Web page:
top of page
location fire tower.jpg


The Quarry site is located just outside of the township of Beech Forest, Colac Victoria. Over 200km out of Melbourne CBD, The population of Beech forest is only 83 people. It is an area of extreme rainfall, has repetitively been impacted bushfires throughout the Otway Rangers therefore, emergency being a key theme to address. The Quarry is 86,000 SQM and made of Sandstone. The area is no longer used and therefore the space has been dedicated to creative practice.

The distinct site has led me to be focused on water conditions on-site, including the natural springs with an interest in how the quarry can play a role in the emergency response to bushfires at a local and regional scale. The unique conditions, views, and qualities of the site should be celebrated and highlighted within the final design.

section sketch.jpg
section sketch
section sketch
circulation movement of the boy.jpg



Initial project designing a series of platforms and spaces which form a journey and connective experience. The issue identified is the absence of a facility, to encourage the use of the natural springs onsite and for during an emergency. A bathhouse facility by the natural springs responds to this issue whilst also providing beech forest with a new way of interacting as a community. This facility would also be used in the time of bush fires as shelter and amenities by the water. The design is based around the traditional steps of ritual bathing including the senses and incorporating socialization.

I am proposing a series of fire towers that form a network within local communities of the Otway Ranges. The location of the towers would be as follows…

The Quarry (Beech Forest), West Barwon Reservoir (Forest), Gellibrand River (Gellibrand)

The fire towers are occupied day-to-day with the programmatic function of observation lookouts. The lower levels frame specific and unique conditions at the quarry site to amplify and encourage occupants to appreciate the surroundings, amplifying, and highlighting these considered views. These 3 towns have been frequently exposed to historic fires and were specifically devastated during the 1939 black Friday bush fires, and the surrounding south of the shire are at more risk. The towers will allow these small towns to operate as a triad, forming one community during an emergency.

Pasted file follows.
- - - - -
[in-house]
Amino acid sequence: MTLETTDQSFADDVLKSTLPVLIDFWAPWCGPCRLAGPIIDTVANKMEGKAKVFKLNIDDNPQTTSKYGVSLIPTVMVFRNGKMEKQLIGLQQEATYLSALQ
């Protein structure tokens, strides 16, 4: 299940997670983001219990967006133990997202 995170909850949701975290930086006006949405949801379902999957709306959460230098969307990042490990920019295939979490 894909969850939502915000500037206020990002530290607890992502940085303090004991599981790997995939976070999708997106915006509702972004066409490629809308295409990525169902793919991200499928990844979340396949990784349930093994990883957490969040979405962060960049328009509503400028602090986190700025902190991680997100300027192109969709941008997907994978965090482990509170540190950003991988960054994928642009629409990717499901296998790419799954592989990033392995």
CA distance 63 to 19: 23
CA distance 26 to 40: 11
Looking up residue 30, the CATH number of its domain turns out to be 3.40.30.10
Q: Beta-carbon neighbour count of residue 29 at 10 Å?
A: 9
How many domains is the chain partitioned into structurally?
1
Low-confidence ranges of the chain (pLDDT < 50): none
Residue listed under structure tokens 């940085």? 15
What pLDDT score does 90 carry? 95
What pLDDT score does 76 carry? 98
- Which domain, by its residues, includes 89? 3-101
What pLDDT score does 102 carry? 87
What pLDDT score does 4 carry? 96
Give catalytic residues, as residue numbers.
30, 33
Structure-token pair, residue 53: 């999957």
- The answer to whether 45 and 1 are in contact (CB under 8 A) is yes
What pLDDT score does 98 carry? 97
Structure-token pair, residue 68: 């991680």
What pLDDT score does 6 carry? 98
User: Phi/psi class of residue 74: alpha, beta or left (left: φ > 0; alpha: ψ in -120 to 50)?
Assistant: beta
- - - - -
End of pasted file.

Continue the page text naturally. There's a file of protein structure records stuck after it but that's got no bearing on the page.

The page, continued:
The three towers should be constructed simultaneously as one project within a 2-year time frame and would operate over a time frame of 50 years, however, it may be redeveloped extending its use for another 20 years. Visiting the framed lookout’s overtime will gradually reveal the changes in time (long periods) on-site, as well as nuanced short-term conditional changes. at each different site, the framing of views alters in response to the environment. similarly, the height of the towers varies, as their position within the landscape and their ground-level changes. This is done to ensure that the Beech Forest tower located at the quarry can continuously see and observe the other two towers as a way of communicating during an emergency.

At the Quarry site which I explored in more detail, the tower on level -2 frames the textural ground condition from the process of quarries reveling history of site. level -1 frames a view into the inner face of the quarry walls, ground floor views the unique springs. level 1 frames lower vegetation, level 2 frames the top of vegetation, and level 3 frames the sky condition. the experience of continuing up and down the tower explores the conditions at different angles and heights, without the observation tower the unique qualities of the site would go unnoticed.

key conditions and levels of framing.jpg


TRIAD tower locations map
Quarry site plan.jpg
Quarry section.jpg
edited cast_edited_edited.jpg
edited cast_edited_edited.jpg
window frames.jpg
facade in section
facade in plan.jpg
bottom of page